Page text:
The FBI in San Diego is warning parents and caregivers about an increase in "sextortion" incidents involving young children.
According to the FBI, the agency has received more reports of adults posing as young girls coercing young boys through social media to produce sexual images and videos, and then extorting money from them. Sextortion is a crime, and involves an adult contacting a minor over online platforms such as an app, game or social media account.
According to the FBI, a predator will use deception and manipulation tactics to convince a young male, most between 14 to 17, "to engage in explicit activity over video, which is then secretly recorded by the predator."
"The predator then reveals that they have made the recordings and attempts to extort the victim for money to prevent them from being posted online," FBI officials said in a statement.
Guidance For Parents
“It’s hard to know sometimes who is on the other end of the computer or the phone. That’s what makes this such a difficult crime,” FBI Special Agent Bill McNamara told NBC 7. “They think they’re talking to a young, age-appropriate girl who may ask for them to make an inappropriate or explicit video or take an explicit photo. They do it and send it and then the sextortion happens immediately ... This can happen very quickly, maybe in a couple hours certainly in the same day.”
The San Diego FBI office has seen an increase in complaints involving boys who were reported sextortion victims, mostly for money, a spokesman said, adding other victims were extorted for additional images.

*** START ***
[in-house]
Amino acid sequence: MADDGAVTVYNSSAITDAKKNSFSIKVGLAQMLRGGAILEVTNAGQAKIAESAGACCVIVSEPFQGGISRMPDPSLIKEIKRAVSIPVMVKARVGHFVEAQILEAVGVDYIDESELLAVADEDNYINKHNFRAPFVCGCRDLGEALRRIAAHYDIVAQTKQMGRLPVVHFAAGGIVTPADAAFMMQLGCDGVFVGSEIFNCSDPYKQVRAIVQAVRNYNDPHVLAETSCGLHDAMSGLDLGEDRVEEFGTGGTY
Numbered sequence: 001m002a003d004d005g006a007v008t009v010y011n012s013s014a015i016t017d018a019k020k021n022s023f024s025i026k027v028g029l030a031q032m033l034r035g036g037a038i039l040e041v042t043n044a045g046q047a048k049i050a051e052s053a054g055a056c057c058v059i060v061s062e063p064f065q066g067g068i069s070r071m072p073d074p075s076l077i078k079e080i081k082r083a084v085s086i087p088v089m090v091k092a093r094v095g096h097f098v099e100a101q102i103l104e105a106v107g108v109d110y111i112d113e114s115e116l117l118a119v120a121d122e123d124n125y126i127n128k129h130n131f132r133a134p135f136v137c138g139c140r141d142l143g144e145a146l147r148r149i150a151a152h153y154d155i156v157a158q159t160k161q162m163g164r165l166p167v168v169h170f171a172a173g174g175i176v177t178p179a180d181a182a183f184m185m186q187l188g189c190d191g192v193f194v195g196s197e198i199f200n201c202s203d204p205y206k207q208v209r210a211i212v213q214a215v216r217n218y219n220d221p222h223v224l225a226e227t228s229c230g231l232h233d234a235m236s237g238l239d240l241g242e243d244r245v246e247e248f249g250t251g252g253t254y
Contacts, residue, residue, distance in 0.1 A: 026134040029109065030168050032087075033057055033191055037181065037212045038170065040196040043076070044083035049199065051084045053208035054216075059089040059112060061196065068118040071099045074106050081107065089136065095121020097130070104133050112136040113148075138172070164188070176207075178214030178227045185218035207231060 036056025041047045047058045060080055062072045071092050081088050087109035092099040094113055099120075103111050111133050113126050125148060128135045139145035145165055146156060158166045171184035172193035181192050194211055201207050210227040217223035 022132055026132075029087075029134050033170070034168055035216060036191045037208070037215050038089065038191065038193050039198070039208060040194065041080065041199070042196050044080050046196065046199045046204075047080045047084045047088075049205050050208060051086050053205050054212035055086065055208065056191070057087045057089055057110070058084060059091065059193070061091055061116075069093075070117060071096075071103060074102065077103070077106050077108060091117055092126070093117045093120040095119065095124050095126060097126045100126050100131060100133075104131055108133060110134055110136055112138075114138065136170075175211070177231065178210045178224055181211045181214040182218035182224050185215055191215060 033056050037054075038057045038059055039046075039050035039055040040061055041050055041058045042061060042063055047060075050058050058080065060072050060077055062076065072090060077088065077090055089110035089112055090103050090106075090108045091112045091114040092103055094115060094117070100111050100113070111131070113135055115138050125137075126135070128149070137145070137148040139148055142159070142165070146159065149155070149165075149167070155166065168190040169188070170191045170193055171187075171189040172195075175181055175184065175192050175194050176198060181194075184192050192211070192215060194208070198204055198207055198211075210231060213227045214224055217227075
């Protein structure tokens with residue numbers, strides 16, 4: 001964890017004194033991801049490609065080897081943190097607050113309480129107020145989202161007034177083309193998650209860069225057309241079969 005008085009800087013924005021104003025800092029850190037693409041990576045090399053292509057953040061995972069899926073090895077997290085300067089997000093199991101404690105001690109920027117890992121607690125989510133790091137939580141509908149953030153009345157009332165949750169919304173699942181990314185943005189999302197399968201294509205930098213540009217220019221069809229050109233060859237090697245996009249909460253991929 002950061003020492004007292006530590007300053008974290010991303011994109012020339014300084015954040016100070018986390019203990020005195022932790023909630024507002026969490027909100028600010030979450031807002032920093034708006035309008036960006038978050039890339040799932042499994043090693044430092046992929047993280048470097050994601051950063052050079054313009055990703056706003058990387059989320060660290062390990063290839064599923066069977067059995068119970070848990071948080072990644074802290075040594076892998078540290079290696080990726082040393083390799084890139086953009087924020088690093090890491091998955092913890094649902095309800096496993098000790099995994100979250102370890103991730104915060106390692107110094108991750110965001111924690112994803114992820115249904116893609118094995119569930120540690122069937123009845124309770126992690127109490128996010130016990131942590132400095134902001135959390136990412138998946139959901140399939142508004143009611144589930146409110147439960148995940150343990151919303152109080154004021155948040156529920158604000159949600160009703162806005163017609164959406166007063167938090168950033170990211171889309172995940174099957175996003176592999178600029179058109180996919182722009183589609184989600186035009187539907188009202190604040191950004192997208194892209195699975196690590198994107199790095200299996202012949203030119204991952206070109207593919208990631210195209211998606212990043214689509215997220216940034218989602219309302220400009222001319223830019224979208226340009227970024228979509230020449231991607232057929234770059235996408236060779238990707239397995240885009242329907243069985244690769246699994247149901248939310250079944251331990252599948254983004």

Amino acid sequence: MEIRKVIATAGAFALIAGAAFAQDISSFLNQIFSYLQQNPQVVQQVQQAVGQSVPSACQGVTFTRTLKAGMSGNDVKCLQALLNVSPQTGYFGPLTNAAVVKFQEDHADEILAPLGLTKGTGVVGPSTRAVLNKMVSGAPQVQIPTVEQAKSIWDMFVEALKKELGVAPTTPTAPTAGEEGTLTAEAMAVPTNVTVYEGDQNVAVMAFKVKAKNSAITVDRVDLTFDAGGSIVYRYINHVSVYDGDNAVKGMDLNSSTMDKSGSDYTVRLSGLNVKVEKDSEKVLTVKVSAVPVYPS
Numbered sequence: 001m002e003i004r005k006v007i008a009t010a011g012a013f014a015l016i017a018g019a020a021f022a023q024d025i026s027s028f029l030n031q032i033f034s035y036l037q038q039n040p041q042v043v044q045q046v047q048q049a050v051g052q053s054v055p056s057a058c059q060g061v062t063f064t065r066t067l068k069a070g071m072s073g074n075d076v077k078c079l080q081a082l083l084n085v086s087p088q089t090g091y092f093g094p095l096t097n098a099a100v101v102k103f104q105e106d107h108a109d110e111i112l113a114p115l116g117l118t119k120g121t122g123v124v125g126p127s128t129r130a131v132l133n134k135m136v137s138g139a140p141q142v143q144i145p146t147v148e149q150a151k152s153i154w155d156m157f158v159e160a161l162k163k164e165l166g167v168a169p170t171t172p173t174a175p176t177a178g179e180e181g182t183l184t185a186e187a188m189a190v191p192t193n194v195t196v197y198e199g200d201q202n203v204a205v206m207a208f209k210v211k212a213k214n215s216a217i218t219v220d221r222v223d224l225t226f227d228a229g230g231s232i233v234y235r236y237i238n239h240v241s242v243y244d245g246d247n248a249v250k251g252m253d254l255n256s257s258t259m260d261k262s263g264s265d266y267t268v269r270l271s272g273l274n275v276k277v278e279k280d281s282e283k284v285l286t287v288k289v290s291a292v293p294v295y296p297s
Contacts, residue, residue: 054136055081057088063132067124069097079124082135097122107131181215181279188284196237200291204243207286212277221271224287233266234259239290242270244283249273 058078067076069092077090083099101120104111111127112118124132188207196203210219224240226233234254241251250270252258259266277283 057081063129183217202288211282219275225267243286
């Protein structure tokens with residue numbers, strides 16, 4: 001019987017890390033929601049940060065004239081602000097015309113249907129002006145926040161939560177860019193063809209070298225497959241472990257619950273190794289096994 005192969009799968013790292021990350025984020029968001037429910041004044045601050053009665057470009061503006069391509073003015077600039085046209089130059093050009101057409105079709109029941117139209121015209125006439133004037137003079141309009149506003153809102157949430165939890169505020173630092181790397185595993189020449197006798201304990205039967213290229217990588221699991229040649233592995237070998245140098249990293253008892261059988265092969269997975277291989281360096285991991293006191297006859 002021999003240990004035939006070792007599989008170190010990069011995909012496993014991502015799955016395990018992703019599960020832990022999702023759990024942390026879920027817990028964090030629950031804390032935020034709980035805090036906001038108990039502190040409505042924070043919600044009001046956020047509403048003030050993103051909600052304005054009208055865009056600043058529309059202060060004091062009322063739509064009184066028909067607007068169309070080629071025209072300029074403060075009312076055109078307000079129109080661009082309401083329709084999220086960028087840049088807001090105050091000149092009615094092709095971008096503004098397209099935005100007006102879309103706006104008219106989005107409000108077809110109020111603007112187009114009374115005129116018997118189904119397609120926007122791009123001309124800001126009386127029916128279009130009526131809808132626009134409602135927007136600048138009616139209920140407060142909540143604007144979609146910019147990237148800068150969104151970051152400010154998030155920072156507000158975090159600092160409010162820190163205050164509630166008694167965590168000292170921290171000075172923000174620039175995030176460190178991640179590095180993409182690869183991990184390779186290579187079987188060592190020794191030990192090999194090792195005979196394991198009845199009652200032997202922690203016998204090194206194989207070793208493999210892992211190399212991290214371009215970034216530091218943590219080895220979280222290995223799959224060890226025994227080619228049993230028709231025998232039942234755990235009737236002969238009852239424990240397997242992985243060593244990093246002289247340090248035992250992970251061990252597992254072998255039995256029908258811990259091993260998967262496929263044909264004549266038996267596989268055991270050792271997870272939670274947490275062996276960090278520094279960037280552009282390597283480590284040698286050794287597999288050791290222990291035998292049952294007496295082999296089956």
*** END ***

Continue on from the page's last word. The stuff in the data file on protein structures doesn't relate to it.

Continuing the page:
An adult coercing a child to produce child sexual abuse material carries penalties that can include life in prison.
Jessica Heldman of the Child’s Rights Attorney at USD’s School of Law Child Advocacy Institute said, “these bad actors take advantage of the fact that children do not have a fully developed brain.” Heldman added, “what they are driven by is emotion. So, when they get attention, they get compliments, they get drawn in and that can really set them up for a really bad situation.”
"To prevent continued victimization, it is imperative children come forward to someone -- a parent, teacher, caregiver or law enforcement," according to the FBI. "Children may feel a sense of embarrassment from such a traumatic experience."
Stacey Moy, FBI special agent in charge, said children "must be mindful of who they are communicating with online, regardless of the game or social media platform."
"Education and awareness are key to combating this evolving threat and we want families to take part in these important discussions regarding online safety," Moy said. "Reporting these incidents to law enforcement will help to prevent it from happening to someone else."
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Last year, the FBI received more than 18,000 sextortion-related complaints of all types -- not just the latest scheme involving children -- with losses totaling more than $13.6 million.
To guard against sextortion crimes, the FBI advises that people:
- Be selective about what they share online, especially personal information and passwords, as open accounts may allow a predator to figure out a lot of information about parents and their children;
- Be wary of anyone they encounter for the first time online, and block or ignore messages from strangers;
- Be aware that people can pretend to be anything or anyone online, and videos and photos are not adequate verification;
- Be suspicious if someone on a game or app wants to talk on a different platform; and
- Encourage their children to report suspicious behavior to a trusted adult.
People who believe they or someone they know is a sextortion victim should:
- Contact their local FBI field office at www.fbi.gov, the FBI's Internet Crime Complaint Center at www.ic3.gov or the National Center for Missing and Exploited Children at 1-800-THE-LOST or Cybertipline.org;
- Do not delete anything before authorities review it; and
- Tell law enforcement everything about online encounters, even if the details are embarrassing, as it will help locate the offender.